Python strings

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Python strings

Lecture description

In this lecture we talk about strings in Python. Strings are just collections of characters, numbers, and symbols. We also talk about how to use existing variable in strings to make them more dynamic.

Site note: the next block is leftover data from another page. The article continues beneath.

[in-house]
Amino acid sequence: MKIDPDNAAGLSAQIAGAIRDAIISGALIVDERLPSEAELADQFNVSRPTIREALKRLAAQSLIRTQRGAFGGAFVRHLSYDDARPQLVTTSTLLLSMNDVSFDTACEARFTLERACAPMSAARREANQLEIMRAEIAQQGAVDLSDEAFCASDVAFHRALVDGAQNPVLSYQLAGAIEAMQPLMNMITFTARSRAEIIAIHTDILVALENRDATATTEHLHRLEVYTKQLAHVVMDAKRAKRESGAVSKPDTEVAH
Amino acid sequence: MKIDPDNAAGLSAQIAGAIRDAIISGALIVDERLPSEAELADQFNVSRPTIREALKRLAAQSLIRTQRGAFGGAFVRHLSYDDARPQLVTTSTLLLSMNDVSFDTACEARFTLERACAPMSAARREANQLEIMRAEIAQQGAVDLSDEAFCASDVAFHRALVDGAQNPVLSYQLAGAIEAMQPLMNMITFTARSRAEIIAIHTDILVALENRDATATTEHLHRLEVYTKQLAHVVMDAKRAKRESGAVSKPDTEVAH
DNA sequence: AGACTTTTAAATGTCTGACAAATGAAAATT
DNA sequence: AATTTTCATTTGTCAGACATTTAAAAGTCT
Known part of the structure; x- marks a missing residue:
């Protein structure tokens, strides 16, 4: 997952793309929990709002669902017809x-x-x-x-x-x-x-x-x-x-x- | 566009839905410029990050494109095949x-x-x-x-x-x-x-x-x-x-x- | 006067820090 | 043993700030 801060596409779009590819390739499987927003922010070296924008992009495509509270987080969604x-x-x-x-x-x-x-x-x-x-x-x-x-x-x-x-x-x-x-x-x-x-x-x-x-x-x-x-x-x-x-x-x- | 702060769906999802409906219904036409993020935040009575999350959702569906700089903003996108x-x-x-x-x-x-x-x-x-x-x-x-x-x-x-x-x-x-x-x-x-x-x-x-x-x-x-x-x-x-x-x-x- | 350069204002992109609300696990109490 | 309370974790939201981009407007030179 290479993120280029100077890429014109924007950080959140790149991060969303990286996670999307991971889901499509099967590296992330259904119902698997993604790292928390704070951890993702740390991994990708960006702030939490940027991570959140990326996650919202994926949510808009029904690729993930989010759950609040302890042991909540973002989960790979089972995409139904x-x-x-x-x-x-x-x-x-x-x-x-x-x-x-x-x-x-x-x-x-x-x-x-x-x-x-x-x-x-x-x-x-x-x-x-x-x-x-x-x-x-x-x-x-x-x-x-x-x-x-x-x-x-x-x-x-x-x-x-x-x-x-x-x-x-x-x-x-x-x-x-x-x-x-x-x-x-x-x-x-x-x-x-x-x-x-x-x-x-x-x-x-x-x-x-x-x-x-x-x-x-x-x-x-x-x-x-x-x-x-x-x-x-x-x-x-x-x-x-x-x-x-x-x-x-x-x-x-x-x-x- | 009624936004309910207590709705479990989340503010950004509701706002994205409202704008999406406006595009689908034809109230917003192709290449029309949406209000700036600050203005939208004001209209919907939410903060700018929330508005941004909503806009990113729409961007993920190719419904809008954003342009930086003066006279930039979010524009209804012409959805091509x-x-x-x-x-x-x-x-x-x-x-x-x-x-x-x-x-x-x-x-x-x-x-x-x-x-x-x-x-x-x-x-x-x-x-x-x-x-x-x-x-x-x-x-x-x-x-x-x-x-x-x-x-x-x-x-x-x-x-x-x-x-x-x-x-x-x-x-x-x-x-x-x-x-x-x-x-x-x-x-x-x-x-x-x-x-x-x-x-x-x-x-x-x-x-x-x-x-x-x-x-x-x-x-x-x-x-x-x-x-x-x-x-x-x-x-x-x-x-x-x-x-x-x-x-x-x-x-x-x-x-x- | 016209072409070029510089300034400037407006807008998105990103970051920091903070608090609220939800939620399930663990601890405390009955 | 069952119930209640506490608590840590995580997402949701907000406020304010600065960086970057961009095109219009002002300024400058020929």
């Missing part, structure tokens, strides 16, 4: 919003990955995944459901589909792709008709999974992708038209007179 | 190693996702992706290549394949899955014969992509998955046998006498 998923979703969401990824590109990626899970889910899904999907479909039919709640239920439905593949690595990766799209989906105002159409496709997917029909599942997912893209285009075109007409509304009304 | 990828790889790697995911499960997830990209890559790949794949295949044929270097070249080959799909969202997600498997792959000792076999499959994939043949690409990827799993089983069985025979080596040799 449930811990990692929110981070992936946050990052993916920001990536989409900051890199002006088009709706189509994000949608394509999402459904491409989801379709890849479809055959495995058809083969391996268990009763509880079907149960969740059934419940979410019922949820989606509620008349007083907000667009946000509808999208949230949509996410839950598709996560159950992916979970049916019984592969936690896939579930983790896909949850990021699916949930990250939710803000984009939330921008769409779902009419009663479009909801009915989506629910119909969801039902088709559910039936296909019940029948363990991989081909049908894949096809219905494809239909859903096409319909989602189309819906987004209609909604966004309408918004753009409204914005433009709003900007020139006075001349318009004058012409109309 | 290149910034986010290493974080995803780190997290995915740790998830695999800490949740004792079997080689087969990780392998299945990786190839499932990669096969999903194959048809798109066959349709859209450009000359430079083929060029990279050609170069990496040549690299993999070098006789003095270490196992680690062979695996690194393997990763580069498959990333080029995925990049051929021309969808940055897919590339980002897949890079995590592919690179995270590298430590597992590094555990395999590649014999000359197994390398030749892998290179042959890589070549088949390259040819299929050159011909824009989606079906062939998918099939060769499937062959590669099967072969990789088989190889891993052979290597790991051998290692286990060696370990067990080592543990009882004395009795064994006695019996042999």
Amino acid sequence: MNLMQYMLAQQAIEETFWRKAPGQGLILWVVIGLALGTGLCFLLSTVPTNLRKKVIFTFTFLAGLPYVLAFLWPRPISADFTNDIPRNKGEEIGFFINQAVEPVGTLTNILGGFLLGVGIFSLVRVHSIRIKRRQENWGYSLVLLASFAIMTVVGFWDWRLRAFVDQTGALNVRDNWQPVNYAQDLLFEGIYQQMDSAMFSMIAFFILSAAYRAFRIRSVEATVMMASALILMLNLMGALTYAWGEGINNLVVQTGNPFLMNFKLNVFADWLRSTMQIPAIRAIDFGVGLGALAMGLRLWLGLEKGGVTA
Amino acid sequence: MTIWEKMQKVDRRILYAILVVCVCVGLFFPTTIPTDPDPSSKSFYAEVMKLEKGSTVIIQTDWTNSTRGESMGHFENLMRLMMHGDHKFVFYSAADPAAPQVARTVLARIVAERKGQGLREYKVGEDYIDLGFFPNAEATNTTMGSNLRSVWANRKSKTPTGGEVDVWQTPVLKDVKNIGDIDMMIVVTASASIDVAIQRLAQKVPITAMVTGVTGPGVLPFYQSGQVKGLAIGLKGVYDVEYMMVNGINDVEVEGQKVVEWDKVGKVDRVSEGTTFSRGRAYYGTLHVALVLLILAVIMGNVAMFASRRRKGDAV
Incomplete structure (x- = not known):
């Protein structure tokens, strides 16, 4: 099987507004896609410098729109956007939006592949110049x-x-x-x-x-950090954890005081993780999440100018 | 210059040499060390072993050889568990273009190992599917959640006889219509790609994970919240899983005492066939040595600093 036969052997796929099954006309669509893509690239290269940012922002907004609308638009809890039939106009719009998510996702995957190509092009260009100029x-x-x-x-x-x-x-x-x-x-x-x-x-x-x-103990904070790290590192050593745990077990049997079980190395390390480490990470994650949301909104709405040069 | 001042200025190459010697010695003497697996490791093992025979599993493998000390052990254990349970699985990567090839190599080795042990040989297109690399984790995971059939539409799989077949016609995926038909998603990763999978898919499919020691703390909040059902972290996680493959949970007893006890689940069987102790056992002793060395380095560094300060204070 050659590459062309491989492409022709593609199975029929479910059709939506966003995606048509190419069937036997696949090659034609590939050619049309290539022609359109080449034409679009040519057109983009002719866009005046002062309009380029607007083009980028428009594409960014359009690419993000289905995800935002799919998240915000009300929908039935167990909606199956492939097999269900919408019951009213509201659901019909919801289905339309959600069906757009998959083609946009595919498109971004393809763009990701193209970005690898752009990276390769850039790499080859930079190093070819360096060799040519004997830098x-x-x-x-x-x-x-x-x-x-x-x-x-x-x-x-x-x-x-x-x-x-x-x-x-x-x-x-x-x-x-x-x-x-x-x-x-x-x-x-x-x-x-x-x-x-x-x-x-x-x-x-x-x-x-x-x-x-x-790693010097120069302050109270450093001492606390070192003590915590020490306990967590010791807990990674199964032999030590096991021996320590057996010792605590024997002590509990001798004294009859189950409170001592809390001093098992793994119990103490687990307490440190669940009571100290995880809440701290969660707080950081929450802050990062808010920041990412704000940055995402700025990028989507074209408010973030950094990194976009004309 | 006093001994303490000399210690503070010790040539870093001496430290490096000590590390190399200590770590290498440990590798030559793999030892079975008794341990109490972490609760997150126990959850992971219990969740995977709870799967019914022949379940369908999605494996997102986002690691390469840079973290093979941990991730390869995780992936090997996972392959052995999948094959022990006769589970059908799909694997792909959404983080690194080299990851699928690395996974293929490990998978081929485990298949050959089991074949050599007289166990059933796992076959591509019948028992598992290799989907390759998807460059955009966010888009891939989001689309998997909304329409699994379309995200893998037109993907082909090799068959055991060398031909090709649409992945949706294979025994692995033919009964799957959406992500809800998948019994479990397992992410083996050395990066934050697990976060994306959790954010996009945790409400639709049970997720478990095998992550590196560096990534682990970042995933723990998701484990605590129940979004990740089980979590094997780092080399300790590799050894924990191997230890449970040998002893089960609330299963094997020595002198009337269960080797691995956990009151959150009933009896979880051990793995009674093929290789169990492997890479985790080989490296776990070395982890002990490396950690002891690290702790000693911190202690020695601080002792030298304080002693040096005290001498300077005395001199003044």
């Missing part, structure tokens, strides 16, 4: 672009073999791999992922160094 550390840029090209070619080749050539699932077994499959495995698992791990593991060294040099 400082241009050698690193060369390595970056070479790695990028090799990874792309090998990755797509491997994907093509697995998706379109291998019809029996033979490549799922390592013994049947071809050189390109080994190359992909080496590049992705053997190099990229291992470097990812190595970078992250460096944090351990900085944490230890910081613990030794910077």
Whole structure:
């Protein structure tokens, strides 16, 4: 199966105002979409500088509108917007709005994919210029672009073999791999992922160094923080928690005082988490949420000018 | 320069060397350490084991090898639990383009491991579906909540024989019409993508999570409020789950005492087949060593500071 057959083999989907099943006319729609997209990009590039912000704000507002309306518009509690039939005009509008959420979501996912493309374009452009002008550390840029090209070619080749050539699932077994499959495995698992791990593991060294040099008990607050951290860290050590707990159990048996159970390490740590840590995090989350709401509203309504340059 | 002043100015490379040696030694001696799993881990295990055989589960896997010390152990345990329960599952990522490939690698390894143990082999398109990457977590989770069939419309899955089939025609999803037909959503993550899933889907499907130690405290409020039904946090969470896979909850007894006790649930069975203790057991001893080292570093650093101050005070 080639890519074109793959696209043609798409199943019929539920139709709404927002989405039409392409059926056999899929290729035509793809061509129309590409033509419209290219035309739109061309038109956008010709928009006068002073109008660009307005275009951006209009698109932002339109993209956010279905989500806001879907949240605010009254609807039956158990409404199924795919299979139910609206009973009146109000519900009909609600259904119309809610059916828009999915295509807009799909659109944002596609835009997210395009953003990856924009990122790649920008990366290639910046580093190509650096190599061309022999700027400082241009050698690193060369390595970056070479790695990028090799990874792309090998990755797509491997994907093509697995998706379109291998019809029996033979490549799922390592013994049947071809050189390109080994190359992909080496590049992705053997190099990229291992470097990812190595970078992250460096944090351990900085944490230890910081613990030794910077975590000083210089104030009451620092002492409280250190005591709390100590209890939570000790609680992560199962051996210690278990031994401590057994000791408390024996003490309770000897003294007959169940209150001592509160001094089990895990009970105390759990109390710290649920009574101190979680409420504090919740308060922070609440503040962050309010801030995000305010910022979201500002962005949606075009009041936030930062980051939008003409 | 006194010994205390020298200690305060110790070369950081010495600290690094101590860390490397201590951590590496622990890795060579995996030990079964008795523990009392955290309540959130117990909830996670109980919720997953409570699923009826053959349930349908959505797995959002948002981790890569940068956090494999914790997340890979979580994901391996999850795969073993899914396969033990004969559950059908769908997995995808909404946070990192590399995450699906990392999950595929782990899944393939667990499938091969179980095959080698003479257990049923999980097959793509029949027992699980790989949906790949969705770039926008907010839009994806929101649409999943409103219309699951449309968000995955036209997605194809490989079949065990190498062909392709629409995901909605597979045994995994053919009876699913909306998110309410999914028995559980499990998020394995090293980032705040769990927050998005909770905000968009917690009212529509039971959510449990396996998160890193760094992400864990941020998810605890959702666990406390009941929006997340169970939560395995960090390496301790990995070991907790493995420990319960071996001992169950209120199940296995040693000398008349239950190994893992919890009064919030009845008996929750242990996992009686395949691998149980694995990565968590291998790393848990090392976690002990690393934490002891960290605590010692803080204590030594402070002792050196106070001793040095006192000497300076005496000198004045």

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-: Hi guys and welcome back. Very often in our programmes, we'll be dealing with numbers. But almost as often, if not more, we will want to deal with text. The user will be giving us some text that we want to interact with. We will be doing some processing on it, we will be wanting to print some text out to the screen, and that is where the next datatype comes in. In Python, we've got another type called strings that are used to contain text like characters, symbols, numbers, or anything else we want. Here's our first string that I'm gonna call my string and it contains the value, hello world. So a couple of things about this string is that it is surrounded by double quotation marks. You can also use single quotations mark if you like, but it's important that the start and the end quotation mark match. So they have to be the same, you can't mix and match them. So this here would be invalid because the start quote and the end quote are different. I like using double quotation marks, but that's just me. You can use whichever one you like. This string here contains the characters H, E, L, L, and so on, including the comma and the space and the exclamation mark. When Python looks at this string, it knows nothing about it. It doesn't care what its contents are. It doesn't have any meaning like the number 30 does because you can do maths on it, for example. A string doesn't have any intrinsic meaning for Python. All it's used for is to carry these characters. For example, you can use it to print some information out to the user, like hello world. If you wanted to print that out, you can store it inside a string and then print it. As an aside, remember you can always use the value itself instead of a variable inside the print function here if you prefer. Sometimes you'll want to use one quotation mark or the other depending on the contents of the string. So if you've got a string with quotes, then you'll want to use the double quotes, such as, hello, it's me. Here, you definitely want to use the double quotation marks on the outside because you've got a single quotation mark on the inside. If you were to use single quotation marks throughout, then this part here is not included in the string because the string ends here. If you run this, you'll get an error. Similarly, you may want to use the single quotation marks on the outside and the double quotation marks on the inside in some occasions. For example, if you have something like this. Here we've got a string and inside the string we've got a bunch of characters. Once Python realises that you're dealing with a string you can put whatever you want inside it, and in this case we are putting the quotation marks inside it. He said, and then open quotes, you are amazing, yesterday. This is totally fine because these quotation marks here don't signal another string to Python, they are just a character inside the string. Finally, if you really wanted to always use the same quotation marks, you can do. So I'm gonna turn this into a double quotation mark string. And now you can see that these things here are not part of the string, they are coloured differently. However, if you put a backslash in front of these quotes, Python will no longer treat them as characters used to signal a string. Now they are part of the string itself. I highly discourage you from doing this, but you may see it every now and then in code so I wanted to tell you what it means. When you do this, this is called escaping and it's quite a common thing to do in some occasions. But when you're dealing with strings like this, I would always recommend that you invert the quotes. We also have multiline strings for when we wanna print something out that's much longer. So we will have something like a multiline variable and here we are gonna use three quotation marks. And then we can print whatever we want inside it. If we print this out and we run it, you'll see that we get multiple lines printed out. So we've got the hello world, then we've got an empty line, then we've got my name is Jose, welcome to my programme, and then we've got another empty line as well. Multiline strings are very useful when you have much longer pieces of text that you want to print out, and also they can be useful at times as comments. Earlier on in the course, we saw that a comment is signalled with a hash symbol. So you can write something here to tell yourself what this file is about. But similarly, sometimes you have a longer comment. You wanna write multiple lines of notes. And for that, it is quite common to use one of these multiline strings. So why is this? Why can you do this? Well, what this does in Python is it creates the string, and then, that's it. You don't assign it to a variable, you don't use it anywhere. This is totally fine to do in Python and we can use a multiline string like this that doesn't have any usefulness inside the programme to leave a comment for ourselves for later on. So often you'll be seeing multiline strings like this in my files with explanations about what things are. Just one more thing, you can add strings together. So if you've got a name, such as Jose, and a greeting, you can add it to name and then we will end up with hello comma space Jose. So when you add two strings together, they are joined and make up one final string. So I will print out this greeting here and run the file, and you'll see that we get hello, Jose. If you do age is 34 and then you try to add this to a string like here, you are plus 34, you will get an error because in Python, you cannot add integers and strings together. You must convert this to a string first before you can add them together. Fortunately, converting to a string is very straightforward. You can either add the quotation marks around it or you can do str and pass in age. What this does is it takes in the number 34, you give it to this str function, which has these brackets around it, to accept a value. So you're giving the age value to str and what you get back is a string with this content inside it. So then you can still run this because age as str is a string that you've converted. We will be learning more about converting data from one type to another as we move through the course and it's a very common thing to do. But for now, that's it for this video. Thank you for joining me and I'll see you in the next one.